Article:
Chapter

Rethinking Classical Muslim Law of Apostasy and the Death Penalty

Abdullah Saeed

in Silenced

Published in print December 2011 | ISBN: 9780199812264
Published online January 2012 | e-ISBN: 9780199919383 | DOI: http://dx.doi.org/10.1093/acprof:oso/9780199812264.003.0015
Rethinking Classical Muslim Law of Apostasy and the Death Penalty

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In Chapter Fifteen, “Rethinking Classical Muslim Law of Apostasy and the Death Penalty,” Abdullah Saeed – some of whose writings have been banned in his native Maldives –argues that current human rights discourse is not Western but is shared by many Muslims. Like Abu-Zayd, he emphasizes the need to understand early Islam, especially the “post-prophetic period,” during which apostasy laws were shaped. In a setting of armed conflict, apostasy meant joining a non-Muslim enemy and so threatening the community of believers. Later, the Abbasids curtailed religious dispute lest it undermine their claims to legitimacy, and so apostasy was akin to treason. Since most Muslims do not now live in closed tribes, apostasy is no longer related to desertion or treason and should not be treated as if it were.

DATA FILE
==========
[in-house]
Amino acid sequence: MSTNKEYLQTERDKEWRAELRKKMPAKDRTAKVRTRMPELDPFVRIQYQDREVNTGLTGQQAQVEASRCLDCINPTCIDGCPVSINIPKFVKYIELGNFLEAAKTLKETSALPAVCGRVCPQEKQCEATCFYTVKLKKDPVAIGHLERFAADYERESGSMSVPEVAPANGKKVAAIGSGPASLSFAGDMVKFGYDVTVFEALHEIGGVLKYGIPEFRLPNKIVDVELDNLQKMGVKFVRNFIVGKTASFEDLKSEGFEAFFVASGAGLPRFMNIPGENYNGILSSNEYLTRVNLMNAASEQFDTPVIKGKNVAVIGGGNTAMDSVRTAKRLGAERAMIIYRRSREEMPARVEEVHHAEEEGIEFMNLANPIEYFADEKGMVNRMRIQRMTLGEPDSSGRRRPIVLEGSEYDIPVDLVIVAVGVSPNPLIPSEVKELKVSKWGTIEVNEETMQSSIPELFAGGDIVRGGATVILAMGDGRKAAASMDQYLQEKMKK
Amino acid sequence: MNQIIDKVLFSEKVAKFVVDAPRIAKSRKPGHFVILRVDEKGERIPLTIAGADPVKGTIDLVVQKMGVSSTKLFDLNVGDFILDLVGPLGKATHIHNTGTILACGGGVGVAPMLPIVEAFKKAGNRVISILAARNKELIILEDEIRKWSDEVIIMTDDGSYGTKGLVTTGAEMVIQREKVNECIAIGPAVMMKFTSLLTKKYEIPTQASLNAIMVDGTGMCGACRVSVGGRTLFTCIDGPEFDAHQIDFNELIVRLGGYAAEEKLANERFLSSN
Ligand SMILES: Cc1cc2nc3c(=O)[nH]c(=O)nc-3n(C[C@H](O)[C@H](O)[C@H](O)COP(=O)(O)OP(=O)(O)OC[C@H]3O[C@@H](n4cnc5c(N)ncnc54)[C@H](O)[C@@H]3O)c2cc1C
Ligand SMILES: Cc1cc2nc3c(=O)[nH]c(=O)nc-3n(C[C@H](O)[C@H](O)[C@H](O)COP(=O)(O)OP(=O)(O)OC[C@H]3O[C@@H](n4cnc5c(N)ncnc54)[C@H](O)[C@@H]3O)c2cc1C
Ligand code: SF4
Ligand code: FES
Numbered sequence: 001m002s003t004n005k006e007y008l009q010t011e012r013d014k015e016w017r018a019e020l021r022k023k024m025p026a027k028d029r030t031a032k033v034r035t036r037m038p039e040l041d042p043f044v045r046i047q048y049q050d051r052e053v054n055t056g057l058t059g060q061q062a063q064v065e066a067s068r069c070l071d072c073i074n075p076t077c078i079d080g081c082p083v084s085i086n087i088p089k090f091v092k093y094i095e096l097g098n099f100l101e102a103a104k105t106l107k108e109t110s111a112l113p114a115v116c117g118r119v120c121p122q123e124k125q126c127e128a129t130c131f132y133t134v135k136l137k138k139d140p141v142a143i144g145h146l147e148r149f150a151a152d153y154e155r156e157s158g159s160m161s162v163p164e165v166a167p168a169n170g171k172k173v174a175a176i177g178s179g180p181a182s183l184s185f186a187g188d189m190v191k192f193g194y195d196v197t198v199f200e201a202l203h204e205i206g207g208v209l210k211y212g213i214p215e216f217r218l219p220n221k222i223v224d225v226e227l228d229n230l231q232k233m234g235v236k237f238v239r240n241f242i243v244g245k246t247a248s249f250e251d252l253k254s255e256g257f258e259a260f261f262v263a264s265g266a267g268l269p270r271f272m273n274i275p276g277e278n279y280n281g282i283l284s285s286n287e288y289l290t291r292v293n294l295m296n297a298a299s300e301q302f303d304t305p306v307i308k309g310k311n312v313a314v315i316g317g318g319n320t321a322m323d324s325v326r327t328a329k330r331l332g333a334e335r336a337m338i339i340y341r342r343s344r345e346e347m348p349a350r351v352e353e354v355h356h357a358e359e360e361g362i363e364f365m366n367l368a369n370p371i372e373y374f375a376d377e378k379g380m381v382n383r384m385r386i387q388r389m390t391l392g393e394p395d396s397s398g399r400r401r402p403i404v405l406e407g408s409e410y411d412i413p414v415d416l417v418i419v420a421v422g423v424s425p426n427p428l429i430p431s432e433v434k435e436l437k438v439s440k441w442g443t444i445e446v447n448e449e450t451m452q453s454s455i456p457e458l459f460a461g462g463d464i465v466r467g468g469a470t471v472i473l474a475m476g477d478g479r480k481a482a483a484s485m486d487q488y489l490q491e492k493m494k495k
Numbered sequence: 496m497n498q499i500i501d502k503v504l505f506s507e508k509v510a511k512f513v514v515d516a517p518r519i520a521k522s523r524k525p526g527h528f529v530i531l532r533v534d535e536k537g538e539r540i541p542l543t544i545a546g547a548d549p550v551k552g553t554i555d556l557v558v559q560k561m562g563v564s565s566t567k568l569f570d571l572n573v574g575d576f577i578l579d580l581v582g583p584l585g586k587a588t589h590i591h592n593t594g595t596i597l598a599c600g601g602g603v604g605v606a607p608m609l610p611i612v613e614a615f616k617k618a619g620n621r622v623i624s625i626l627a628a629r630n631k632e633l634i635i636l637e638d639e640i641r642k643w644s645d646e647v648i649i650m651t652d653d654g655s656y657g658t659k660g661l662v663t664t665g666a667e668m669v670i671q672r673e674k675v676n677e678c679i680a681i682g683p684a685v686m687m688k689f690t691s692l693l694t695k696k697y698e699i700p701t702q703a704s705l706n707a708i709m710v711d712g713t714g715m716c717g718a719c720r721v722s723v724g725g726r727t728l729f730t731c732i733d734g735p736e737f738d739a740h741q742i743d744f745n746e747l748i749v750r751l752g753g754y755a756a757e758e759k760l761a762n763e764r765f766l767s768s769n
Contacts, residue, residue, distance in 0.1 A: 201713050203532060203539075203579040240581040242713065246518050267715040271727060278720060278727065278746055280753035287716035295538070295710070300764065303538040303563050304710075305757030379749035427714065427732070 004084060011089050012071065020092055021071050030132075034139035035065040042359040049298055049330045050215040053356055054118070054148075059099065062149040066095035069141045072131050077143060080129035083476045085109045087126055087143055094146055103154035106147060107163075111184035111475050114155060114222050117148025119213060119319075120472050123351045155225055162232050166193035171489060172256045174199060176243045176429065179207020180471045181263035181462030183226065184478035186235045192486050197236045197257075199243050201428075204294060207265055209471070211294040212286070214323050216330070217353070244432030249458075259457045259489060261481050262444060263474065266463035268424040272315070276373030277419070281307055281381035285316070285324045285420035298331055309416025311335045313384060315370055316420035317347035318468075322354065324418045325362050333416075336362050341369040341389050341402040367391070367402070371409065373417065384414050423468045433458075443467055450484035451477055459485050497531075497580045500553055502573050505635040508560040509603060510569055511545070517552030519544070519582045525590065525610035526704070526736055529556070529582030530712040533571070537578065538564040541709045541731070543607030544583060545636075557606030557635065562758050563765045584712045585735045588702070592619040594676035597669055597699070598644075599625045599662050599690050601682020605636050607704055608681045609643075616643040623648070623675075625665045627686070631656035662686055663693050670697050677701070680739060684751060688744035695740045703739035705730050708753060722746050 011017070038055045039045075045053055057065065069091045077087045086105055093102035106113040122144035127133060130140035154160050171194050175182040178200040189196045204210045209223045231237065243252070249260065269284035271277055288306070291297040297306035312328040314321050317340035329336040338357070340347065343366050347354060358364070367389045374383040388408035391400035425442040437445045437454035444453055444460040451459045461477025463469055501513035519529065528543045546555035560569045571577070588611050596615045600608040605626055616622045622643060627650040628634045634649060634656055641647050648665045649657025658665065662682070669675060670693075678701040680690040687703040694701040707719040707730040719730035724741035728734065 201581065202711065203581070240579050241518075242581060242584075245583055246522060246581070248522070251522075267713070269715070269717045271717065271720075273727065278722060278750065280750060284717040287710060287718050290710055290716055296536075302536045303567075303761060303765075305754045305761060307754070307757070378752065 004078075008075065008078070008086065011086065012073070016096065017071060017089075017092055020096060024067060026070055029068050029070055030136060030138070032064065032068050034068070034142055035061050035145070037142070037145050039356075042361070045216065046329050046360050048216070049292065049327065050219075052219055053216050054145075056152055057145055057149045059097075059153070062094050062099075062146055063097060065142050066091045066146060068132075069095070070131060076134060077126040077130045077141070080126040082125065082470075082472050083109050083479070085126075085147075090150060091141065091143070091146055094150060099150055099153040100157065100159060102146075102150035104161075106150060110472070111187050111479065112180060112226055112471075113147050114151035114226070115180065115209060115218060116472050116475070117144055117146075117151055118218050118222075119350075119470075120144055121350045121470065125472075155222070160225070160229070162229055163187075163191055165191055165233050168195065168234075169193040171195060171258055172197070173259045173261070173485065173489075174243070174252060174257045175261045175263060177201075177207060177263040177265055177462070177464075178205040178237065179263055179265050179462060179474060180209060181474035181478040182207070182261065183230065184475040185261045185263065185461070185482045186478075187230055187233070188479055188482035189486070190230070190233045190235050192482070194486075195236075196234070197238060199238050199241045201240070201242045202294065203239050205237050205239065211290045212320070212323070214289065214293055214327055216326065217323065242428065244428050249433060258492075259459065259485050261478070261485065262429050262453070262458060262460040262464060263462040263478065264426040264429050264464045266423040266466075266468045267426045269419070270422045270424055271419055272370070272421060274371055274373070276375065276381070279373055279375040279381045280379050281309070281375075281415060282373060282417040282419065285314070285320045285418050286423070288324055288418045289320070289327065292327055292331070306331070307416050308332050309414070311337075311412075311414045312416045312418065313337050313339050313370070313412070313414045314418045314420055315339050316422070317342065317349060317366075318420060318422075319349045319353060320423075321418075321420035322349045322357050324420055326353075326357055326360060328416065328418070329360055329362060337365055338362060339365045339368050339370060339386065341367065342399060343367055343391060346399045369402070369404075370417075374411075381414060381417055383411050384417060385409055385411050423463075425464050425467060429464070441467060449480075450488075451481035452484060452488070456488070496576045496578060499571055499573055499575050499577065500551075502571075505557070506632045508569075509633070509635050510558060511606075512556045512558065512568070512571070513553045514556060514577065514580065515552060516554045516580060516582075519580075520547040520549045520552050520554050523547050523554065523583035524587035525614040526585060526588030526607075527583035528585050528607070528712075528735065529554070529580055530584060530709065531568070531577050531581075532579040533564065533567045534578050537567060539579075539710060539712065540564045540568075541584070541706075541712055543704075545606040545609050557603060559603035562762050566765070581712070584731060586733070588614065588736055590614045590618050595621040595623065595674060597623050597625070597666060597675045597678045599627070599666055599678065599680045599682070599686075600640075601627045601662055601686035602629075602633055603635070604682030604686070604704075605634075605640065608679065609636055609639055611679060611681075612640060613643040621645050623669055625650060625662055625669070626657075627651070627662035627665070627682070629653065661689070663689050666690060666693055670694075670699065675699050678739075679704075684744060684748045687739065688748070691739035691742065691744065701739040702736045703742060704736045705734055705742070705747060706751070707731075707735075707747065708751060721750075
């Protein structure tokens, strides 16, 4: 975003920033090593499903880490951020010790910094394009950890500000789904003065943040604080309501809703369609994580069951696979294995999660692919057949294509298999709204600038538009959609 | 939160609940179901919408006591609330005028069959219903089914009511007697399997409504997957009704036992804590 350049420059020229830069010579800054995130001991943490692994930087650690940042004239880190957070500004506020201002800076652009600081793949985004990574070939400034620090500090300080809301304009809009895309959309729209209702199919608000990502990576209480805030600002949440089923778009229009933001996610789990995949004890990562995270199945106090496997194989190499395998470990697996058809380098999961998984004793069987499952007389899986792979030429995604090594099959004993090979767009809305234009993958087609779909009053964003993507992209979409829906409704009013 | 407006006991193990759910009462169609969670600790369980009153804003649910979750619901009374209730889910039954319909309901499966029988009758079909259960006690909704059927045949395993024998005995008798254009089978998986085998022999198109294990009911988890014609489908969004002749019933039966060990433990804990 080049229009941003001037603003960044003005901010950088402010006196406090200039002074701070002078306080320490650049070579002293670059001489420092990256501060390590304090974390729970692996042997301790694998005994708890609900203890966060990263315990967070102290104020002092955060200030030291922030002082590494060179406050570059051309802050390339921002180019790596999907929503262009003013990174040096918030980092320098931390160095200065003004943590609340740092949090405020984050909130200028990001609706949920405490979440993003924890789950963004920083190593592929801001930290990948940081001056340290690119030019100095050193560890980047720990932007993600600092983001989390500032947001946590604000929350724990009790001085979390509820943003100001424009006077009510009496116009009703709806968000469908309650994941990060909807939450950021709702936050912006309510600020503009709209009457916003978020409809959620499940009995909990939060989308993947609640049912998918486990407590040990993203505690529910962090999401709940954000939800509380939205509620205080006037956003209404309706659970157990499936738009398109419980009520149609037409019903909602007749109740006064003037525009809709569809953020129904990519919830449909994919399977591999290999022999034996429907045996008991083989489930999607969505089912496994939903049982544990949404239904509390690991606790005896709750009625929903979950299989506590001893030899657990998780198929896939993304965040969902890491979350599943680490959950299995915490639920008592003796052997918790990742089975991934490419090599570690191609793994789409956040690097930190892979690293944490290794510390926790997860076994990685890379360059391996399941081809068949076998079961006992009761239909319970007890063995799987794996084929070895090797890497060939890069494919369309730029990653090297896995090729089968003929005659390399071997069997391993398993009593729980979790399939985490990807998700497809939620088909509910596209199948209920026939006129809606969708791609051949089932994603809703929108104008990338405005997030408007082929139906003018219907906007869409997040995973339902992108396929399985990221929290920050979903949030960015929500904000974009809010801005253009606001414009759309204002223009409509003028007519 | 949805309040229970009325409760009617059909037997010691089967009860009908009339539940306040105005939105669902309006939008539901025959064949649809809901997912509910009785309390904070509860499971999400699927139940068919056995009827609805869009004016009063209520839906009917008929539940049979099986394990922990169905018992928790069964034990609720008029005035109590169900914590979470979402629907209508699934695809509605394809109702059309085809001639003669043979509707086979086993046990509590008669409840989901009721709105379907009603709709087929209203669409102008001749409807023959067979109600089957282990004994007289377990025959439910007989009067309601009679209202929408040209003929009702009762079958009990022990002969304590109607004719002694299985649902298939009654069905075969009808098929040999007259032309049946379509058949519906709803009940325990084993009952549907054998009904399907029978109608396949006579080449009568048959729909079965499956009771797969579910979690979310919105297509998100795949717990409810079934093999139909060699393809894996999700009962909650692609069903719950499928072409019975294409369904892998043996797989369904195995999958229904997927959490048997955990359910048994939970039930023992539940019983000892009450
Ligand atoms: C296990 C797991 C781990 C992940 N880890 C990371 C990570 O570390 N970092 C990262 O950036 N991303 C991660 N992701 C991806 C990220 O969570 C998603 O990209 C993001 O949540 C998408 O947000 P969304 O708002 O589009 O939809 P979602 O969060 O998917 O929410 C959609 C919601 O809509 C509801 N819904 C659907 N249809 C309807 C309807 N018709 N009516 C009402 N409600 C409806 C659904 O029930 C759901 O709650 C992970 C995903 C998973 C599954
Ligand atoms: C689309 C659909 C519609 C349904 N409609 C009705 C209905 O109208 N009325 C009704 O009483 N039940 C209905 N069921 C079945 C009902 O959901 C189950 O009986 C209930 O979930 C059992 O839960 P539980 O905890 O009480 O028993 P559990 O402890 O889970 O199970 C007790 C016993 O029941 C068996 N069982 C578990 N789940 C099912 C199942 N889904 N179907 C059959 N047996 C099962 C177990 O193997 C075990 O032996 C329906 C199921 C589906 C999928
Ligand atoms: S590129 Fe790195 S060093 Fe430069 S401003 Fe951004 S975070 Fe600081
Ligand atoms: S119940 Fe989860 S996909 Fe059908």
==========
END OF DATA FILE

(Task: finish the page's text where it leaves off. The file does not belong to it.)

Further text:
Keywords: apostasy; freedom religion; traitor; hadith; abrogation

Chapter.  4435 words. 

Subjects: Islam

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